COCHISE COUNTY — This year’s National Suicide Prevention Month coincided with an exceptionally scary time for our communities in Cochise County.
A study conducted by the CDC in late June shows 40% of Americans report struggling with mental health or substance abuse during COVID, and depression rates have spiked three times compared to pre-pandemic numbers.
But how does suicide impact our communities on a hyperlocal level? We gathered county-level and city-level data for a look at how suicide impacts Sierra Vista and Cochise County as a whole.
While year-on-year data isn’t available for Benson, Bisbee, Willcox/Bowie and Douglas/Pirtleville primary care areas, due to low numbers, those communities maintained an average of around or below six deaths by suicide per year between 2013 and 2019. In particular, a 2017 report from the Department of Health shows that the Bisbee primary care area saw more than twice the mortality by suicide of Sierra Vista and larger cities throughout Arizona.
Stigma against suicide and mental health treatment, especially in rural and veteran communities, remains a huge barrier to care. In Arizona, the risk of suicide for veterans is three time higher than non-veterans.
A study focused on rural veteran suicide this past May titled “We’re Afraid to Say Suicide” found that raising awareness on the extent of local suicide occurences is crucial to improving mental health service access and suicide prevention.
In Arizona, suicide rates in rural communities are twice as high as those in urban communities, rates that may be exacerbated by risk factors such as language barriers to mental health treatment, military or veteran stigmatization and pandemic social isolation.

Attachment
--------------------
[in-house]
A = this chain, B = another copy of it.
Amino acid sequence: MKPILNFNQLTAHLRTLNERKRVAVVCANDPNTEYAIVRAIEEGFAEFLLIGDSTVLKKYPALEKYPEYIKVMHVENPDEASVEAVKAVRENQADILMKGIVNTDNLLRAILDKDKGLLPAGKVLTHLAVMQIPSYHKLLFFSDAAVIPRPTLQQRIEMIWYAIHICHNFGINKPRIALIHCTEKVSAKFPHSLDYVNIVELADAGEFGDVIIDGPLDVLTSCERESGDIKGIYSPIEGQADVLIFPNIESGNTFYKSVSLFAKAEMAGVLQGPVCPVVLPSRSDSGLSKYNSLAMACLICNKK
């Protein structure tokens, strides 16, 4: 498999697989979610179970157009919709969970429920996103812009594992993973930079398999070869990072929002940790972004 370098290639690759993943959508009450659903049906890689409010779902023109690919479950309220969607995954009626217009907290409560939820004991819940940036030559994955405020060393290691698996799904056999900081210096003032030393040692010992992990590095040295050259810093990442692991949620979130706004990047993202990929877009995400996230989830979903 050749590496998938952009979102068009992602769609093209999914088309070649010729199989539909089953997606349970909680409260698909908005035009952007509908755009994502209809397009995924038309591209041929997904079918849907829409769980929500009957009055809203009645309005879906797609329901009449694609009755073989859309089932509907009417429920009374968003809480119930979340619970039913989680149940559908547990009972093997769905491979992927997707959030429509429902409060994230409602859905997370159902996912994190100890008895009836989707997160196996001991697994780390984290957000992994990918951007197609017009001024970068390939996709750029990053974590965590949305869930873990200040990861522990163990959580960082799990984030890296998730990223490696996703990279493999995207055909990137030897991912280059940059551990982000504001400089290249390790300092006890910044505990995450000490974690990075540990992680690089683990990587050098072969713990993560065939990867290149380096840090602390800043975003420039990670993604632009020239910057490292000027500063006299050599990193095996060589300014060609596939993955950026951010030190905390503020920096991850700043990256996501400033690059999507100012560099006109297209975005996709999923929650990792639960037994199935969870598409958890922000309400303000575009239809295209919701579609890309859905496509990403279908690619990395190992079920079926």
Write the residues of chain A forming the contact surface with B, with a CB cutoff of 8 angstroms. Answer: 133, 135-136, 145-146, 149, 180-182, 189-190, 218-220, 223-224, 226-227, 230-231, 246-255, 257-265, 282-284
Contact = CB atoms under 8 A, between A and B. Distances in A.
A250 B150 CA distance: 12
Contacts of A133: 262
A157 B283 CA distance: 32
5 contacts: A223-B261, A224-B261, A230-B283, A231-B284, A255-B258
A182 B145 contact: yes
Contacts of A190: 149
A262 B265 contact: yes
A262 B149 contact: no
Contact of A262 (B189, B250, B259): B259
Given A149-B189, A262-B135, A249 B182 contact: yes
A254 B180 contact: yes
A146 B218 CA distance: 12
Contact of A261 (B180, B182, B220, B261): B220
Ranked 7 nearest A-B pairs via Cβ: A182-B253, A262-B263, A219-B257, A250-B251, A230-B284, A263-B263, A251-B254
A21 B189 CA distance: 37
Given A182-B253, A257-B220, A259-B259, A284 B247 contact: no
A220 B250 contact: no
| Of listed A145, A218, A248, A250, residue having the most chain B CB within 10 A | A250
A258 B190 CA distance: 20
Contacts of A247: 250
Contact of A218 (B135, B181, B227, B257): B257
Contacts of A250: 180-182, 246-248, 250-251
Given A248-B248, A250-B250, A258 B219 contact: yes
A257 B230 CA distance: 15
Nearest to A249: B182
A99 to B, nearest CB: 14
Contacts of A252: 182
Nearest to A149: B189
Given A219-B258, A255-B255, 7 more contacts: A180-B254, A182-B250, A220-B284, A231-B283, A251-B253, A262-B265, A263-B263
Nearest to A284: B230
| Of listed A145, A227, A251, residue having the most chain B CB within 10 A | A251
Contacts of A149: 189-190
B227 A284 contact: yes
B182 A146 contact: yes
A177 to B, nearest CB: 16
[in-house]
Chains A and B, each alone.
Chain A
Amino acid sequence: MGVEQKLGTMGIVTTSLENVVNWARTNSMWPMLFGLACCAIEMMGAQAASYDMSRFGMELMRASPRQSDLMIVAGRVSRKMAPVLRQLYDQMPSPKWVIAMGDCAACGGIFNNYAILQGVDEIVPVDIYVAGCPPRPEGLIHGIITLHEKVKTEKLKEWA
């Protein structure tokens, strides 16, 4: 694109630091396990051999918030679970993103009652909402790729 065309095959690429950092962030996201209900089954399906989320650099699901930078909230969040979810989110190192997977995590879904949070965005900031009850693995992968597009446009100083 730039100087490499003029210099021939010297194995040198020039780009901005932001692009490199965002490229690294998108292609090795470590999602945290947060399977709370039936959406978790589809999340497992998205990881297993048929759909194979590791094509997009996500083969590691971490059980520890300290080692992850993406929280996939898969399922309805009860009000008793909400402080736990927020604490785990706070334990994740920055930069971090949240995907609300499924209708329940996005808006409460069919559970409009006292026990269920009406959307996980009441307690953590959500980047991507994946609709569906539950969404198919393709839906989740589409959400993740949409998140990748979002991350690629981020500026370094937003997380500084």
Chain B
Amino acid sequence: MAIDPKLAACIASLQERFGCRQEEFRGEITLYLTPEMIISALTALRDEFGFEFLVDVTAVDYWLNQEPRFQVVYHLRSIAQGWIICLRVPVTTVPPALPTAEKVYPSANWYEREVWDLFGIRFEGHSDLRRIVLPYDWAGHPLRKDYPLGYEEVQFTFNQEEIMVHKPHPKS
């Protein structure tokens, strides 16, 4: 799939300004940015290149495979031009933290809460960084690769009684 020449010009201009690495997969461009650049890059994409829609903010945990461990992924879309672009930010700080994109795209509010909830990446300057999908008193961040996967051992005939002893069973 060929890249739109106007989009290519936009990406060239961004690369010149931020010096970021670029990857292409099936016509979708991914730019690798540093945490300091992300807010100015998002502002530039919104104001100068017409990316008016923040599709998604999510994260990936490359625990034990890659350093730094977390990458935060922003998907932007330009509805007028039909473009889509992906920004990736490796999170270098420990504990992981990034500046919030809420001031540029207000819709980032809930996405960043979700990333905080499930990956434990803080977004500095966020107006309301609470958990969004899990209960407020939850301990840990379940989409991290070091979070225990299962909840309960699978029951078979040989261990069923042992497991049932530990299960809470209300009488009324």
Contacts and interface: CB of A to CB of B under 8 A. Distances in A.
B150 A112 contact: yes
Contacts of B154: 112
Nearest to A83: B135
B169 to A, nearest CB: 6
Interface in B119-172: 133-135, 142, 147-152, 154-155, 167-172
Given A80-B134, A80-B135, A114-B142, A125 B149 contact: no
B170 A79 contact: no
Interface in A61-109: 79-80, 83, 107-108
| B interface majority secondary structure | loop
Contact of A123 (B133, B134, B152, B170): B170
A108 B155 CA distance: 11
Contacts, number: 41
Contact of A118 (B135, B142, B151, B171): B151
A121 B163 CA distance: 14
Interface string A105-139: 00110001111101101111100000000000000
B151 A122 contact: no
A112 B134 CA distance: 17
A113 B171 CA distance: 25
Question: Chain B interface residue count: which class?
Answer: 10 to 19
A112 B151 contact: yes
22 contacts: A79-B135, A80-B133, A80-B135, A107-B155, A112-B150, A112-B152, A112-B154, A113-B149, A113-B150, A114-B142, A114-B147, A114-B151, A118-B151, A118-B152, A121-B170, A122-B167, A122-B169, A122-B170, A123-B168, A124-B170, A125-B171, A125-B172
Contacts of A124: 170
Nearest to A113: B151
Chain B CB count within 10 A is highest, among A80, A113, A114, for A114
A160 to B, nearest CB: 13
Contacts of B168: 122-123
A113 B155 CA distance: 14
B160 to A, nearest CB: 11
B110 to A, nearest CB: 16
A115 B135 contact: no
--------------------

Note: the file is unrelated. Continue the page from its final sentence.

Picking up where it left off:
Victor Ramos, site director for Pinal Hispanic Council Centro De Bienestar in Douglas, says that the bilingual mental healthcare service center has seen a 20% increase in service provision during the pandemic. The center focuses on culturally-responsive care for the local Hispanic population, who may face more limited access to treatment.
Ramos says transitioning to telehealth during COVID has been both a challenge and a boon — while some community members’ limited access to technology meant care had to be provided through landline telephones, he also notes that telehealth has allowed some patients to circumvent stigmatization, as they no longer worry about being spotted at the physical treatment center.
Several local initiatives and resources have also arisen to support our military and veteran communities, who statistically are at increased risk for suicide, during this time. Fort Huachuca will be hosting its Suicide Stand Down Day on Sept. 27, while organizations like the local NAMI Southeast Arizona chapter and Warrior Healing Project seek to assist veterans in combating isolation and trauma.
“Suicide is one of the top issues right now in our Army that we’re trying to get after,” Brigadier General Tony Hale, the new commander at Fort Huachuca, told the Herald/Review recently.
The Cochise County Department of Health and Social Services has also announced prioritizing mental healthcare treatment as part of their long-range planning. Officials from the county health department did not respond to requests for comment.